Dorine is Business Opportunity Manager in Shell’s growing New Energy Technologies division. She heads up development and scales up projects in offshore wind, looking for new ways to make these economically viable. This is her story.
Dorine’s story of product innovation
A career in energy today is increasingly about innovating more energy efficient products for the future. We’ve spoken to some of our inspiring people to uncover the five key elements they believe are essential to product innovation in a time of energy transition.
I like being outdoors, and I love nature. I’ve always been an environmentalist, and that’s one of the reasons why I like my role so much.
I work with a great group of people. We smile a lot, even when we have to wear unflattering outfits.
I’m very aware of the power of wind, as you can see from this image!
I’m proud to be part of the team that is pushing forward the development of technologies that are clean and efficient.
I am a Business Opportunity Manager in Shell’s growing New Energy Technologies division. I head up wind development, and we’re largely focused on offshore wind, because it offers a great degree of scope for scaling up projects.
Though wind technology has been around for a long time, we are still breaking new ground in terms of trying to make it economically and financially viable. I look closely at the commercial and economic model for wind, and try to comprehend the best course of action. I’m trying to understand the best way to operate, design and deploy this technology, while also ensuring that it’s commercially attractive. It’s quite a complex process, and there are so many variables to take into account, but it’s something I’m very proud to be part of.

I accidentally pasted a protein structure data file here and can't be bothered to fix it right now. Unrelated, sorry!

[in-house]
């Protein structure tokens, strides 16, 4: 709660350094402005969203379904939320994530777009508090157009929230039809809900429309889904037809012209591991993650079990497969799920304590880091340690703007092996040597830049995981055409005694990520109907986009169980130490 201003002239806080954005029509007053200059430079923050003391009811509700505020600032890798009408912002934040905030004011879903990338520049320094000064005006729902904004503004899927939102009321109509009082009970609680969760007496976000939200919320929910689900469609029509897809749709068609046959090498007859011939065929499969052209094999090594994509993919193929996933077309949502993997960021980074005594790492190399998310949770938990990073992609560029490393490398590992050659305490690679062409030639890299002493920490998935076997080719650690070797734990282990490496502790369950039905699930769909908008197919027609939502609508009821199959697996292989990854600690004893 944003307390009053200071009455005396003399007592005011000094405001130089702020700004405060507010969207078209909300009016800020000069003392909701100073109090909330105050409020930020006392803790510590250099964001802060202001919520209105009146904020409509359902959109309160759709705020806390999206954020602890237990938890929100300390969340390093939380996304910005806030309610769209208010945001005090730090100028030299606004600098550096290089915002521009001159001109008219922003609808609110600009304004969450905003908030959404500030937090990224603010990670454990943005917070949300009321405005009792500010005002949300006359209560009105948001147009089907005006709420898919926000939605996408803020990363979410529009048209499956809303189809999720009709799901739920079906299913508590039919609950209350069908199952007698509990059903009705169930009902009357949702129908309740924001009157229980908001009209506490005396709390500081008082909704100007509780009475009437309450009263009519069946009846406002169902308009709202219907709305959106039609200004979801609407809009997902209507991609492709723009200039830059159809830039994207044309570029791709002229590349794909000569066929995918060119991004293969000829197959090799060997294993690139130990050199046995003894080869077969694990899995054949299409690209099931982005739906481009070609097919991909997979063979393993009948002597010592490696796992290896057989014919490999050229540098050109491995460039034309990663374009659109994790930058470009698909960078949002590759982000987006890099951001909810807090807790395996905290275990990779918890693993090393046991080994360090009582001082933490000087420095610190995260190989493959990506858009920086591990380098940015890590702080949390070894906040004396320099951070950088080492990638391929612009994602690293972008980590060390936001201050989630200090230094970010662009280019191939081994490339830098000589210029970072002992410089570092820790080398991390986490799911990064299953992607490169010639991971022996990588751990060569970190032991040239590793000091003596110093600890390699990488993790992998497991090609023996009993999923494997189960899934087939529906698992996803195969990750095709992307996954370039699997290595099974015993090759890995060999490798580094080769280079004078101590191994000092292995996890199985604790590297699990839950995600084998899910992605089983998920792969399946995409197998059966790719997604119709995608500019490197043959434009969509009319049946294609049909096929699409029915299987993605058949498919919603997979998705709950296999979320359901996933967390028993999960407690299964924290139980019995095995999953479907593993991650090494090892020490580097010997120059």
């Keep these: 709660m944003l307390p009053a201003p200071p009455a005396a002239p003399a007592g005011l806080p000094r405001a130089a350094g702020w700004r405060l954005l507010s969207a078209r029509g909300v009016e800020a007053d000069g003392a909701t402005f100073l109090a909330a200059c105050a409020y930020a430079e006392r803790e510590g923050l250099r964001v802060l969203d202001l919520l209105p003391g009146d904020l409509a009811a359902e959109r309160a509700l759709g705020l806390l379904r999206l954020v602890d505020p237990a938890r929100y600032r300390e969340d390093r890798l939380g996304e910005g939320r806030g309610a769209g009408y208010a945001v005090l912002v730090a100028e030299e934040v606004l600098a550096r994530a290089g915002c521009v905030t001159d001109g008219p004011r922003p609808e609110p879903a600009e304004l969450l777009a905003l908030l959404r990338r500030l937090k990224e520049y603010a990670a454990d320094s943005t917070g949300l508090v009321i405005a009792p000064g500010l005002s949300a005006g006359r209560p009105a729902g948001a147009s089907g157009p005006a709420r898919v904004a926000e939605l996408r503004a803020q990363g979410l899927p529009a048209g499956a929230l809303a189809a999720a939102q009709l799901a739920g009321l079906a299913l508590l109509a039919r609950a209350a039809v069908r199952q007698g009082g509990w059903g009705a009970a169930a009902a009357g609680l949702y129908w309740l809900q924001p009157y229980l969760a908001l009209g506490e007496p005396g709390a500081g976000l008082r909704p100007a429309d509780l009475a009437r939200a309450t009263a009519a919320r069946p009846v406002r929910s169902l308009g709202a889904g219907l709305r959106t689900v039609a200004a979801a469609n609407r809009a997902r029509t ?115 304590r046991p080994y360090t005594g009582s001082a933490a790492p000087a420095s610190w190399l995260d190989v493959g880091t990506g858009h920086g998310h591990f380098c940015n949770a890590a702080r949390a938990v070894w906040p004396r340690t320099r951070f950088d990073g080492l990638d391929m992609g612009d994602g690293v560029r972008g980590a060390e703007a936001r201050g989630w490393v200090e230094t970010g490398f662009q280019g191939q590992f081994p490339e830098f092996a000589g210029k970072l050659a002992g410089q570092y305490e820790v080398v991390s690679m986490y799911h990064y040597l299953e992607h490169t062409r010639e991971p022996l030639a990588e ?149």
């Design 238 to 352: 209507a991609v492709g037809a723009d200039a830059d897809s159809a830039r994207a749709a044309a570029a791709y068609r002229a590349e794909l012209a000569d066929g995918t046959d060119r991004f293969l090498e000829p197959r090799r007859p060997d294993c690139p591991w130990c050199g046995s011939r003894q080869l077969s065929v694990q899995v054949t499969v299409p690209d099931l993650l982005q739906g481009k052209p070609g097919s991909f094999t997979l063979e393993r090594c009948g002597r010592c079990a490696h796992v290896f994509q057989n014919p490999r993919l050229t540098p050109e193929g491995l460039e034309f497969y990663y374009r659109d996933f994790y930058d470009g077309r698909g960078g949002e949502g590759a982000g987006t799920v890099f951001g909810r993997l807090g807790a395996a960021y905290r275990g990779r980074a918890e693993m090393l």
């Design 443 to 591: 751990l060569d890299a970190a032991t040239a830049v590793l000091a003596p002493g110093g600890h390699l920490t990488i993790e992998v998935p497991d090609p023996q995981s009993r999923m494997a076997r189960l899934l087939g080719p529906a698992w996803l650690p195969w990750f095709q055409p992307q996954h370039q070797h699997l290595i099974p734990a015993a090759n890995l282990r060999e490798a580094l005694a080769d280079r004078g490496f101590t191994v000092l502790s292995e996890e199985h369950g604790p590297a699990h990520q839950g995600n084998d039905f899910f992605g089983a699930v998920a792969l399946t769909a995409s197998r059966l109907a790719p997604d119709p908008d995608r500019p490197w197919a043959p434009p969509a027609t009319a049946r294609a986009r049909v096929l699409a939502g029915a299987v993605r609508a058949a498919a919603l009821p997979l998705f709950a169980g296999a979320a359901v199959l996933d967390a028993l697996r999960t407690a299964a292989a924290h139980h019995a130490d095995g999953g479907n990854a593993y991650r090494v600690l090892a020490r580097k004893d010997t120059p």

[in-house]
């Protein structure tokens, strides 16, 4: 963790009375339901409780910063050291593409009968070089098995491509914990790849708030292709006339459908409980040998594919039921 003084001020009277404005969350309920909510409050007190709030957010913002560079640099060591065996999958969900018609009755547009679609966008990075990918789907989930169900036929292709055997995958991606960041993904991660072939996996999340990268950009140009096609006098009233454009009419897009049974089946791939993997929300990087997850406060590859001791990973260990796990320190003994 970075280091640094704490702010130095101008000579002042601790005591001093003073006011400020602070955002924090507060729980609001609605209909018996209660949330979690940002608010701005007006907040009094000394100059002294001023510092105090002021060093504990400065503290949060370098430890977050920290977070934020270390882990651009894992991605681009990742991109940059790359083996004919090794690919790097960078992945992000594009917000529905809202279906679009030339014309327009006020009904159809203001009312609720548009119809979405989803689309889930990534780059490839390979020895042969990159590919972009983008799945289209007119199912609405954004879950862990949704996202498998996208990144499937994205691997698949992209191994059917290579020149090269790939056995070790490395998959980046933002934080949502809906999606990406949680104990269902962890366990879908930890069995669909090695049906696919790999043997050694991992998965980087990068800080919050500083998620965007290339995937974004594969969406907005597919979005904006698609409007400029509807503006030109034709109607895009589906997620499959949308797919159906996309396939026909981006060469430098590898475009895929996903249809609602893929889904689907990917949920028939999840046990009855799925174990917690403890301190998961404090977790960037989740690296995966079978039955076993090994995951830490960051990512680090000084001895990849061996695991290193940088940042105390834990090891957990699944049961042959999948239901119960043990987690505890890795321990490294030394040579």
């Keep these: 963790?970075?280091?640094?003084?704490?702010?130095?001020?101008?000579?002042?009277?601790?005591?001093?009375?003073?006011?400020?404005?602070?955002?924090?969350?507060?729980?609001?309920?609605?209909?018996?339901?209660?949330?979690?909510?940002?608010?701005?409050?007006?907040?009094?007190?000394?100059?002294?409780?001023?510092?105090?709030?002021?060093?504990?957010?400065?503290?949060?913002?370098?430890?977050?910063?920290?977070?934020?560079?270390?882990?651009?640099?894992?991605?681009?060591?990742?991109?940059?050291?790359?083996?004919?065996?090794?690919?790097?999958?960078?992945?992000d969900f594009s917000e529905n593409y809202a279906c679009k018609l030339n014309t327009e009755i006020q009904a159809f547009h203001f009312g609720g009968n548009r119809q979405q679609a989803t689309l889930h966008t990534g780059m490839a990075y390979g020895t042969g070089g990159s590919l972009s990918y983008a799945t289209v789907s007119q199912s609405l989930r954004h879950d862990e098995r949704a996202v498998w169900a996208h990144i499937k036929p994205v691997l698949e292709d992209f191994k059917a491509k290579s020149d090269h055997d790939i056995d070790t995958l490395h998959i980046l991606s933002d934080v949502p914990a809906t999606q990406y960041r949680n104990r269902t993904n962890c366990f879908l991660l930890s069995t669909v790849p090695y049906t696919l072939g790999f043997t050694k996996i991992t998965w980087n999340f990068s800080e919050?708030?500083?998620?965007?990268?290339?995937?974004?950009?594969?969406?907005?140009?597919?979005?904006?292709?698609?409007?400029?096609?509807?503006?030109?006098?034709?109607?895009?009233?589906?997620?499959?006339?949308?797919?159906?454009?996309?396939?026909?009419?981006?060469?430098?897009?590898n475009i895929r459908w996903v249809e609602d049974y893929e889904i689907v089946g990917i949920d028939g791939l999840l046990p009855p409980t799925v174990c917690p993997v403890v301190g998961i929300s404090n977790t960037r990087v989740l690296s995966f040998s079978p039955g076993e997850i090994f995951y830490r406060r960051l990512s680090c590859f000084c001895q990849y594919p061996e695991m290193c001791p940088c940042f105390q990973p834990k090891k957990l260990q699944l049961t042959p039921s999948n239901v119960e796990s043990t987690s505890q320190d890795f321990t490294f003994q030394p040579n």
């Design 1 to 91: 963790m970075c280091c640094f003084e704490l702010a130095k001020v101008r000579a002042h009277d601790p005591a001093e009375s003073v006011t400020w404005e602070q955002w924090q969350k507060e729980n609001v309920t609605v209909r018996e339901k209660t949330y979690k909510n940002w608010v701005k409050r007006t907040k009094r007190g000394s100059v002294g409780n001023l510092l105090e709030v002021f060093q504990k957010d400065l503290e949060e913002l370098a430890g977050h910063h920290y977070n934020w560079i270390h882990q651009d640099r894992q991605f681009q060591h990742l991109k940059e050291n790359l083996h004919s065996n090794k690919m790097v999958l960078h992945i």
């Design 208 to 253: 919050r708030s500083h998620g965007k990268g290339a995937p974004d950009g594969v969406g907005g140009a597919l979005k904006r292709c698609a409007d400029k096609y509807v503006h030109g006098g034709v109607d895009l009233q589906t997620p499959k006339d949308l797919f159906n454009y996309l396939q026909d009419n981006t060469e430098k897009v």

At university I studied petroleum engineering and geophysics, and I was the only woman in a class of around 80 students. The landscape has definitely shifted during my time in the industry. There’s far more gender equality now, and that’s largely because companies like Shell prioritise diversity and inclusion. The industry’s objectives have also altered; where once fossil fuels dominated energy production, renewables are now beginning to take precedence.
My work ultimately leads to product innovation, because I’m looking at what will be feasible in the long-term. Shell is committed to investing in technologies that are efficient and environmentally beneficial, and I’m tasked with providing the evidence and research that tells Shell where it should be concentrating its efforts.
Looking forward, I think we will start to put more emphasis on utilising Big Data, modelling, and other methods that will enhance our ability to make robust and accurate predictions. We want to eliminate speculation wherever possible so we can be more confident in our findings. To innovate the big projects, we first have to innovate from the ground up.
The five elements key to successful product innovation for me are:
Innovation demands strong relationships
Innovation requires planning and preparation
To innovate, we must constantly evolve
Without acquiring new knowledge, innovation is impossible
Shared values and ambitious goals
Disclaimer: Views expressed are of the individuals featured and are not representative of the views of the Shell group of companies and their affiliates.
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